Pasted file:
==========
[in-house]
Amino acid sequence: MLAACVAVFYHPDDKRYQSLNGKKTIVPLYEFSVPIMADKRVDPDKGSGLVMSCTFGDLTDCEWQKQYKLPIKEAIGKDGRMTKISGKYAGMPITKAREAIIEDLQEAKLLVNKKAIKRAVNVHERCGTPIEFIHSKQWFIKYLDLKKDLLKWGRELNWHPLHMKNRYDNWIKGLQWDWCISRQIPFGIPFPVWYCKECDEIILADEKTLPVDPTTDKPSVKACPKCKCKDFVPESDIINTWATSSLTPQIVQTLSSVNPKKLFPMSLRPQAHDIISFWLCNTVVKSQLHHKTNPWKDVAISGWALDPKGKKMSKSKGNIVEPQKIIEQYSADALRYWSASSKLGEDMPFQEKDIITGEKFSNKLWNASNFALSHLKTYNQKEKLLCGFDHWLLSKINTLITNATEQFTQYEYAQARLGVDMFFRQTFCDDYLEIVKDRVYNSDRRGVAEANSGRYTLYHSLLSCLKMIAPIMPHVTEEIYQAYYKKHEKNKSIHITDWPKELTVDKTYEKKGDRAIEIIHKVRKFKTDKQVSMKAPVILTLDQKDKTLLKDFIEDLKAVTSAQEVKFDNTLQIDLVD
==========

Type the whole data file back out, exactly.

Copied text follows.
[in-house]
Amino acid sequence: MLAACVAVFYHPDDKRYQSLNGKKTIVPLYEFSVPIMADKRVDPDKGSGLVMSCTFGDLTDCEWQKQYKLPIKEAIGKDGRMTKISGKYAGMPITKAREAIIEDLQEAKLLVNKKAIKRAVNVHERCGTPIEFIHSKQWFIKYLDLKKDLLKWGRELNWHPLHMKNRYDNWIKGLQWDWCISRQIPFGIPFPVWYCKECDEIILADEKTLPVDPTTDKPSVKACPKCKCKDFVPESDIINTWATSSLTPQIVQTLSSVNPKKLFPMSLRPQAHDIISFWLCNTVVKSQLHHKTNPWKDVAISGWALDPKGKKMSKSKGNIVEPQKIIEQYSADALRYWSASSKLGEDMPFQEKDIITGEKFSNKLWNASNFALSHLKTYNQKEKLLCGFDHWLLSKINTLITNATEQFTQYEYAQARLGVDMFFRQTFCDDYLEIVKDRVYNSDRRGVAEANSGRYTLYHSLLSCLKMIAPIMPHVTEEIYQAYYKKHEKNKSIHITDWPKELTVDKTYEKKGDRAIEIIHKVRKFKTDKQVSMKAPVILTLDQKDKTLLKDFIEDLKAVTSAQEVKFDNTLQIDLVD